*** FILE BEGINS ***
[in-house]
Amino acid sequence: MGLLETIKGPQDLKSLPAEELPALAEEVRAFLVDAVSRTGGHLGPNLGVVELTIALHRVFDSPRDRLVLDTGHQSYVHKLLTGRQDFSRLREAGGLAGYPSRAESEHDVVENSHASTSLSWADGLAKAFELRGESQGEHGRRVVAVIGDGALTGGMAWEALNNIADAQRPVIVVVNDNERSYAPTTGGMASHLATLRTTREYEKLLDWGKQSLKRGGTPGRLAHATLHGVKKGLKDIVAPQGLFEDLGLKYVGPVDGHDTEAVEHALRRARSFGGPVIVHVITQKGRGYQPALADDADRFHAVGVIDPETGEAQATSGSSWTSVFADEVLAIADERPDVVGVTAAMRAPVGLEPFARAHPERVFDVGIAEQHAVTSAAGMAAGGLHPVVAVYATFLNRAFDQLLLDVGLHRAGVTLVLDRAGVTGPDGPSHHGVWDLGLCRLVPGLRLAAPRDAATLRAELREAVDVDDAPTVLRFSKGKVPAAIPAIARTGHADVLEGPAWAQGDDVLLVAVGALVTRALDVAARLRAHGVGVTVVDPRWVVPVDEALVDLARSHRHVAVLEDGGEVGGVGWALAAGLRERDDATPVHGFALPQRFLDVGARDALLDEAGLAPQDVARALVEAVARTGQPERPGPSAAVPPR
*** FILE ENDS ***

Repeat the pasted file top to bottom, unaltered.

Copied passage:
[in-house]
Amino acid sequence: MGLLETIKGPQDLKSLPAEELPALAEEVRAFLVDAVSRTGGHLGPNLGVVELTIALHRVFDSPRDRLVLDTGHQSYVHKLLTGRQDFSRLREAGGLAGYPSRAESEHDVVENSHASTSLSWADGLAKAFELRGESQGEHGRRVVAVIGDGALTGGMAWEALNNIADAQRPVIVVVNDNERSYAPTTGGMASHLATLRTTREYEKLLDWGKQSLKRGGTPGRLAHATLHGVKKGLKDIVAPQGLFEDLGLKYVGPVDGHDTEAVEHALRRARSFGGPVIVHVITQKGRGYQPALADDADRFHAVGVIDPETGEAQATSGSSWTSVFADEVLAIADERPDVVGVTAAMRAPVGLEPFARAHPERVFDVGIAEQHAVTSAAGMAAGGLHPVVAVYATFLNRAFDQLLLDVGLHRAGVTLVLDRAGVTGPDGPSHHGVWDLGLCRLVPGLRLAAPRDAATLRAELREAVDVDDAPTVLRFSKGKVPAAIPAIARTGHADVLEGPAWAQGDDVLLVAVGALVTRALDVAARLRAHGVGVTVVDPRWVVPVDEALVDLARSHRHVAVLEDGGEVGGVGWALAAGLRERDDATPVHGFALPQRFLDVGARDALLDEAGLAPQDVARALVEAVARTGQPERPGPSAAVPPR